The price move from $130 to $95 had almost nothing to do with supply/demand modeling and is entirely attributable to the vol mechanics I described above: books were disrupted, vol went nuts, and traders cut size. But the fundamentals of the oil market have not improved. We went into the invasion tight on the inability of Opec+ to increase production as measured by growing “overcompliance,” difficulty in expanding shale due to labor/input shortages, plus roaring demand.

If anything the market has only grown tighter due to disruptions which will *increase*, not decrease, from here as new trading routes need to be drawn up, tanks at Black Sea ports hit tops, and production is shut in.

The oil market imho has now ceased mass OI liquidation, will now begin to reassume its primary function: price discovery.

Now think about the psychology of participants here. Equity market bullsht “look through the conflict” has infected participants to the point where people are entirely misreading why oil collapsed from $130 to $95. The relief is palpable – especially among equity tech longs.

But put yourself in the position of the head of jet fuel procurement at United. Oil ripped in your face to $130, you can explain to your CEO why you are not fully hedged and supply guaranteed through 2024 because “invasion.”

Now the oil price washed out – emergency is over. The market will “find a way” from here. But then oil starts rising again – $2-3/bbl a day grinding higher. And then it gaps over $125. CEO calls you asking what you have been doing about it. What do you do? Simple. You try to save your job by panicking. You try to buy oil futures but they are illiquid. So you start calling Valero directly and ask them for 5mn gallons of jet next month and are shocked to hear “we might be able to do 200k.”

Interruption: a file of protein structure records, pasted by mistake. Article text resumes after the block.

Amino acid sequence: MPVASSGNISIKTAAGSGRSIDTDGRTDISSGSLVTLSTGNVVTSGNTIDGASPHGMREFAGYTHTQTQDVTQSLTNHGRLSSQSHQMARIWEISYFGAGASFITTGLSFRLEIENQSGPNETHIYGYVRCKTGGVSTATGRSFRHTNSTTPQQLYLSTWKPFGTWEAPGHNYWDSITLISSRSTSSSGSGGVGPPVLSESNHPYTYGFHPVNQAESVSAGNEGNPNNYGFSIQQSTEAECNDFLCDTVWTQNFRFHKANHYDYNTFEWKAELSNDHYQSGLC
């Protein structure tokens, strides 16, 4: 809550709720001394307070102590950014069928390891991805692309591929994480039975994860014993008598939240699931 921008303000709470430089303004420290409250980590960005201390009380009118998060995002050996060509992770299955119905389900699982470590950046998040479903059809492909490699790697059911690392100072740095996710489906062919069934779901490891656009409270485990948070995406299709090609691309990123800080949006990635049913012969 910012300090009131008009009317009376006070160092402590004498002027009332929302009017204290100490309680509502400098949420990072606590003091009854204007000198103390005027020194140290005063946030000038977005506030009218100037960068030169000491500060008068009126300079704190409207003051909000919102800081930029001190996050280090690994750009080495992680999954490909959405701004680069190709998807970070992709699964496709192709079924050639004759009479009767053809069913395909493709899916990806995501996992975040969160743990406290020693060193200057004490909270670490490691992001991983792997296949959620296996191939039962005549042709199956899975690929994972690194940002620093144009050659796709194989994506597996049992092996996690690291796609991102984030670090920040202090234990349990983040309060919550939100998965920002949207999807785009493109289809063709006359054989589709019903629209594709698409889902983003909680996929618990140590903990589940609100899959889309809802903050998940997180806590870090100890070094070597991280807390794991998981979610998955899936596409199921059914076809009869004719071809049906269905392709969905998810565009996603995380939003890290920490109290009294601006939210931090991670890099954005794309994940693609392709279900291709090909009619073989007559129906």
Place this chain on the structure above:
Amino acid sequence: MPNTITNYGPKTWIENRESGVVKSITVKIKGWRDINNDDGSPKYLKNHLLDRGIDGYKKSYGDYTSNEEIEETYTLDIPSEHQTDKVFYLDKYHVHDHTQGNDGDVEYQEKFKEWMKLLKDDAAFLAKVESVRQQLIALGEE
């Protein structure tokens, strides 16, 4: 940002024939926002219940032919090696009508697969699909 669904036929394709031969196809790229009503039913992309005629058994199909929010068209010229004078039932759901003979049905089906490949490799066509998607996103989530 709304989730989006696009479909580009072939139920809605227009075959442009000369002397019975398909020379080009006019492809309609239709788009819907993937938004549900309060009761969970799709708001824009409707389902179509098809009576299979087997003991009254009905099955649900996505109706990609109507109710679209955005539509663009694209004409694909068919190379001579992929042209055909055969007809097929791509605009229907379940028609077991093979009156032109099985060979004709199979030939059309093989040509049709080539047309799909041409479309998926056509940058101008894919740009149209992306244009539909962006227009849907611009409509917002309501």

This is when the “come to Jesus” moment happens and the DISCONTINUITY of a low OI futures market reveals itself in all its glory. Because now oil is at $150, and the red bar on Bloomberg hits reminding everyone that we are now at new all-time highs… … but then the commentary of “actually in real terms that $147 2008 high is closer to $200 today” starts coming in droves and everyone knows that if we go to $150, we are going to $200. And then the market is a complete and total sh*tshow. 

Side note: what goes through equity investors’ minds when they start thinking of $150 oil as not an aberration spike but rather a ‘new normal’? is managed by John Rubino, co-author, with James Turk, of The Money Bubble (DollarCollapse Press, 2014) andÊThe Collapse of the Dollar and How to Profit From It (Doubleday, 2007), and author of Clean Money: Picking Winners in the Green-Tech Boom (Wiley, 2008), How to Profit from the Coming Real Estate Bust (Rodale, 2003) and Main Street, Not Wall Street (Morrow, 1998). After earning a Finance MBA from New York University, he spent the 1980s on Wall Street, as a Eurodollar trader, equity analyst and junk bond analyst. During the 1990s he was a featured columnist with and a frequent contributor to Individual Investor, Online Investor, and Consumers Digest, among many other publications. He currently writes for CFA Magazine.